How to set up and use an external Mac startup disk

If you install the Mac operating system on an external hard drive, thumb drive, or other storage device, your Mac can start up from that device instead of your built-in startup disk.

Make sure that your storage device is properly formatted

For best results, your external hard drive, thumb drive, SDHC or SDXC card, or other storage device should be formatted as Mac OS Extended, not FAT, ExFAT, or NTFS. And to function as a startup disk, it needs to be using a GUID partition map. Here's how to check:

  1. Connect your external storage device to your Mac.
  2. Choose Apple menu () > About This Mac, then click the System Report button. Or hold down the Option key and choose Apple menu > System Information.
  3. Select Storage from the sidebar, then select your storage device from the list of volumes. Make sure that the Partition Map Type shown for your storage device is GPT (GUID Partition Table):

If your storage device isn't using a GUID partition map, you can follow these steps to create one with Disk Utility. This deletes all of the data stored on your device.

  • If you're using OS X El Capitan or later, select your external storage device in Disk Utility. (Select the disk name, not the volume name indented beneath it.) Then click Erase and choose the GUID partition map scheme and any Mac OS Extended format before erasing.
  • If you're using OS X Yosemite or earlier, select your external storage device in Disk Utility. (Select the disk name, not the volume name indented beneath it.) Click the Partition tab, select your partition, then click the Options button. Select GUID Partition Table before partitioning.

Install macOS on your storage device

Follow the steps for reinstalling macOS, but select your external storage device when the installer asks you to choose a destination disk. The installer needs at least 8GB of available storage space.

This installs a version of macOS that can start up your Mac. It can also start up another Mac, if it's the same macOS version that came with that Mac, or a compatible newer version.

Select your startup disk and start up from it

After installing the operating system on a properly formatted storage device, choose one of these methods to use that device as the startup disk for your Mac.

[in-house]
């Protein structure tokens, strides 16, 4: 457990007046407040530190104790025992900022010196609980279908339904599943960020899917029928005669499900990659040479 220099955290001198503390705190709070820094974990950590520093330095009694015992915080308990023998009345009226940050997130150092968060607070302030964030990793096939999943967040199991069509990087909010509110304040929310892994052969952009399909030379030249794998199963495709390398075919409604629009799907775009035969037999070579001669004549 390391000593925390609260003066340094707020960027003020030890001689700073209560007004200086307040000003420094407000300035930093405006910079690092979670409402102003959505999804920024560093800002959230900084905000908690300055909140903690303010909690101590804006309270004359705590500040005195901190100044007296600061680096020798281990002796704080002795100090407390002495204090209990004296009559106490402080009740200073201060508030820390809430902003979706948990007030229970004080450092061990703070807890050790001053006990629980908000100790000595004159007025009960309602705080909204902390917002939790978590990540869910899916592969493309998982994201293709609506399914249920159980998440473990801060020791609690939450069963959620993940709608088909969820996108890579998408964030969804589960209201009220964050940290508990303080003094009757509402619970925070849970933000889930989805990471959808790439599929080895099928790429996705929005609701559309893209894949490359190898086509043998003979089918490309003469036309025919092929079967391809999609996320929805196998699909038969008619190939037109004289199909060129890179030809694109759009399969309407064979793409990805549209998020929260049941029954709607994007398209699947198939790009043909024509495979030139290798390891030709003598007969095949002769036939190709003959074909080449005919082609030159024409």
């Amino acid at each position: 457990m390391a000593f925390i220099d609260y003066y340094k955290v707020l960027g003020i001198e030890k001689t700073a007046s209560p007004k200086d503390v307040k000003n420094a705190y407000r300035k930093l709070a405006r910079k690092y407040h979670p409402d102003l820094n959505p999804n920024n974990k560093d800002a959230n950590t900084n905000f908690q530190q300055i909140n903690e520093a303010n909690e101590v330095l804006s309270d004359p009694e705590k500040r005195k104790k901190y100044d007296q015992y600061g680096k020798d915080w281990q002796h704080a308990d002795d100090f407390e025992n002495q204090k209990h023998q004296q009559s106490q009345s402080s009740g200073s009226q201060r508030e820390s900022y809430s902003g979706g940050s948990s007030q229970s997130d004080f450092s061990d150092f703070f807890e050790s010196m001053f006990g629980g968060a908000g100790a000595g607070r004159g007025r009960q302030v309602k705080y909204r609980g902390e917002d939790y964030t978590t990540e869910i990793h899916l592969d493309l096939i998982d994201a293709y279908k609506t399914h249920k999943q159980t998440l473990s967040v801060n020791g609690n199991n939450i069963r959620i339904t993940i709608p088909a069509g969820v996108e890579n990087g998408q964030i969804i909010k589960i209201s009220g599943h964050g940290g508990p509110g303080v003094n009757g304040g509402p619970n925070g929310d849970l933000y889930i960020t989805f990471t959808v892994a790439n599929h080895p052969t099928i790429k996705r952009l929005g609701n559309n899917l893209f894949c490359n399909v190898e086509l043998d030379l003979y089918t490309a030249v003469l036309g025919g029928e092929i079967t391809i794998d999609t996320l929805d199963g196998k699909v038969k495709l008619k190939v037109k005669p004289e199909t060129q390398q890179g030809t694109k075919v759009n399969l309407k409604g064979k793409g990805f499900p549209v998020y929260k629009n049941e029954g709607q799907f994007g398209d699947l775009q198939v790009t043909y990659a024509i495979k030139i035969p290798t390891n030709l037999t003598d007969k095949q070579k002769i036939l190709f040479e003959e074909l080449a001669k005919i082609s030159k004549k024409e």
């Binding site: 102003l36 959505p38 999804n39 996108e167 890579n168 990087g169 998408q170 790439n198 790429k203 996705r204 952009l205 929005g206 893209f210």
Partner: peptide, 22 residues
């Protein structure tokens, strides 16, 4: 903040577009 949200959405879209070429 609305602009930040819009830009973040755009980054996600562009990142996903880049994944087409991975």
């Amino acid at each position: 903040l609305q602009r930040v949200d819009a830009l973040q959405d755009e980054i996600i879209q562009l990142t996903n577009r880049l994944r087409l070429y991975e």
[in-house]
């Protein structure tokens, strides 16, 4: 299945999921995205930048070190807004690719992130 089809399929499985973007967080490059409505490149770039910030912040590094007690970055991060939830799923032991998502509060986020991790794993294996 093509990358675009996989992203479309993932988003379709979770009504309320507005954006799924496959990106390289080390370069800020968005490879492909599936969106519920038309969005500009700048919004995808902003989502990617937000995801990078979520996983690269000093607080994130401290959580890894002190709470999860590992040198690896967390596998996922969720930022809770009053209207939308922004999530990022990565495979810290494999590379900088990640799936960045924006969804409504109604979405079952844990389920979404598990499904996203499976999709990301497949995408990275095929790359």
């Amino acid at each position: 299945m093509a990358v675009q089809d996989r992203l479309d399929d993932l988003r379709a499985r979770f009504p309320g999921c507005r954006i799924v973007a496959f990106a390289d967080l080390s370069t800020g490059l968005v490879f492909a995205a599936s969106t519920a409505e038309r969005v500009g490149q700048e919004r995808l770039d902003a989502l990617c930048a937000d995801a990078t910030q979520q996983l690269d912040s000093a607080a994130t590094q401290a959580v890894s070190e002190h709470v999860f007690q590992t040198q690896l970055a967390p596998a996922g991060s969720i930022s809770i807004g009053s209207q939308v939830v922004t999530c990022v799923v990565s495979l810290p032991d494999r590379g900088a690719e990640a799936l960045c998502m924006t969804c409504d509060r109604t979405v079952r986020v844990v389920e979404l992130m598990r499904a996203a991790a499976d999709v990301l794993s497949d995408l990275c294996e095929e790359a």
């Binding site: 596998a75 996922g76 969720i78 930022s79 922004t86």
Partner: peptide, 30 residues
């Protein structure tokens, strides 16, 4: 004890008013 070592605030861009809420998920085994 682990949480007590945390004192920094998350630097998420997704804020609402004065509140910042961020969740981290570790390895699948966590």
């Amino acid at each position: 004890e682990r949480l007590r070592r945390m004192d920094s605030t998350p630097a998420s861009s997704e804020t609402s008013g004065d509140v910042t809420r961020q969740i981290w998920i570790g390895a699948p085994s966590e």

Use Startup Disk preferences

When you use Startup Disk preferences to select a startup disk, your Mac starts up from that disk until you choose a different one.

  1. Choose Apple menu > System Preferences, then click Startup Disk.
  2. Select your startup disk, then restart your Mac.

Use Startup Manager

When you use Startup Manager to select a startup disk, your Mac starts up from that disk once, then returns to using the disk selected in Startup Disk preferences.

  1. Hold down the Option key immediately after turning on or restarting your Mac.
  2. Release the Option key when you see the Startup Manager window.
  3. Select your startup disk, then click the arrow or press Return. 

If you can't select your startup disk or start up from it

Some third-party external devices use Option ROM firmware. To enhance system security, Mac computers with up-to-date software don’t automatically load Option ROM firmware. As a result, your Mac doesn't see devices that have Option ROM firmware until you load the firmware by pressing Option-Shift-Command-Period at the Startup Manager window. Do this each time you want to start up from the device or from a startup disk connected to it.

If you're using an Early 2015 (or older) Mac model, you can disable this security feature and allow your Mac to load Option ROM firmware automatically. This removes an important protection against potential unauthorized access to your Mac by other people with physical access to it.

  1. Open the Terminal app, which is in the Utilities folder of your Applications folder. 
  2. Type sudo nvram enable-legacy-orom-behavior=1, then press Return.
    To undo this command, enter sudo nvram -d enable-legacy-orom-behavior.

Learn more

  • If your external storage device is slower than your built-in startup disk, your Mac might take longer to start up, and it might not perform as quickly.
  • If you can't start up from your built-in startup disk, you might be able to start up from macOS Recovery, then use the utilities in macOS Recovery to set up a startup disk.
  • To use an external USB drive as a startup disk, the drive must have Mac OS X Tiger v10.4.5 or later installed, and your Mac must have an Intel processor. 
  • If your Mac is using OS X Lion v10.7.3 or later, you can use Startup Manager to start up from your Time Machine backup disk. Startup Manager identifies your Time Machine backup as ”EFI Boot.”
  • You can also create a bootable installer for macOS.

Information about products not manufactured by Apple, or independent websites not controlled or tested by Apple, is provided without recommendation or endorsement. Apple assumes no responsibility with regard to the selection, performance, or use of third-party websites or products. Apple makes no representations regarding third-party website accuracy or reliability. Risks are inherent in the use of the Internet. Contact the vendor for additional information. Other company and product names may be trademarks of their respective owners.

Published Date: